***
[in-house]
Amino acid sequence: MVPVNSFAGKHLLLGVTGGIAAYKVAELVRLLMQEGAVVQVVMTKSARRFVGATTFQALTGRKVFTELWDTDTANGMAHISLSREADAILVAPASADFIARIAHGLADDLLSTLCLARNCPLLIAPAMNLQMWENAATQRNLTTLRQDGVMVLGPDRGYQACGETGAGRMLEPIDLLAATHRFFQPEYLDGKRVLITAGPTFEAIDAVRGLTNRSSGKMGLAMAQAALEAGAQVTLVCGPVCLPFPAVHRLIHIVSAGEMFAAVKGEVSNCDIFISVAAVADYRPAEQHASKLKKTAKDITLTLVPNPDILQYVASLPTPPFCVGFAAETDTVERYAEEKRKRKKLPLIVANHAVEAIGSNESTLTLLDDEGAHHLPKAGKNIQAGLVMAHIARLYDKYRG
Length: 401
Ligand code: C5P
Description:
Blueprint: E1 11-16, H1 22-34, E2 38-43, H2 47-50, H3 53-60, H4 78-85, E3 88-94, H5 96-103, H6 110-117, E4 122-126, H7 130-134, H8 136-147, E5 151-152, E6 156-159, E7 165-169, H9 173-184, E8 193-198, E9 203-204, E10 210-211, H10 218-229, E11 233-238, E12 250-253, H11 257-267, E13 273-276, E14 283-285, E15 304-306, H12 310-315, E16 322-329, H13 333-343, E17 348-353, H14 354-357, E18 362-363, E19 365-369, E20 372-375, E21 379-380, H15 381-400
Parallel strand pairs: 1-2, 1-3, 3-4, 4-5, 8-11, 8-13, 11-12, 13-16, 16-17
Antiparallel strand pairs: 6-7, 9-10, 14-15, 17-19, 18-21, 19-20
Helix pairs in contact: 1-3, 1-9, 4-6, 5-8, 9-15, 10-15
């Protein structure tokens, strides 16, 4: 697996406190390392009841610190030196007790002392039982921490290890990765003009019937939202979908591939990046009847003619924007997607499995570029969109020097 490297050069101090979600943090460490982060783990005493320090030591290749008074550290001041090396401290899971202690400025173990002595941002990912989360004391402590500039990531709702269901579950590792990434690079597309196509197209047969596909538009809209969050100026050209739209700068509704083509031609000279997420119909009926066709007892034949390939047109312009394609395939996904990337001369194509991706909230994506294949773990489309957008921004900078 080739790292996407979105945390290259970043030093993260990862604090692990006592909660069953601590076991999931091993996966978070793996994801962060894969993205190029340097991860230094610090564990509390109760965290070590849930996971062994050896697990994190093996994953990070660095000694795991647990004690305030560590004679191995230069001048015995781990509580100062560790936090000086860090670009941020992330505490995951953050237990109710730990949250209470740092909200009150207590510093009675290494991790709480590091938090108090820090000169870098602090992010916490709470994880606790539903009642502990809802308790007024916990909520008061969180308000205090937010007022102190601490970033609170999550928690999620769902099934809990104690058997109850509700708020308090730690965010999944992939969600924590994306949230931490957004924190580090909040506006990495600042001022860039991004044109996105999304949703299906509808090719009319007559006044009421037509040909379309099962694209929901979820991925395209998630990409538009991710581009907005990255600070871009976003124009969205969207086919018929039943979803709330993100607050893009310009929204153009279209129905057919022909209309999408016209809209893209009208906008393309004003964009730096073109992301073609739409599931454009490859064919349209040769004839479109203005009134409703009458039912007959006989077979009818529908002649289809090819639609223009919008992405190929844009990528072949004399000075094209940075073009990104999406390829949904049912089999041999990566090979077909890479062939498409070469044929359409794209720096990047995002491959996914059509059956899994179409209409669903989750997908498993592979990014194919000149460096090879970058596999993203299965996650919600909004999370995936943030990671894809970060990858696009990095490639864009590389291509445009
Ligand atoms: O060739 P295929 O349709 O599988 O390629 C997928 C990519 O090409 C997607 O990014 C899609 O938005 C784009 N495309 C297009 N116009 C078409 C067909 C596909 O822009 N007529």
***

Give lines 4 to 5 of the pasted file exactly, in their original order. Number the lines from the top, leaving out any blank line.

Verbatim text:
Ligand code: C5P
Description: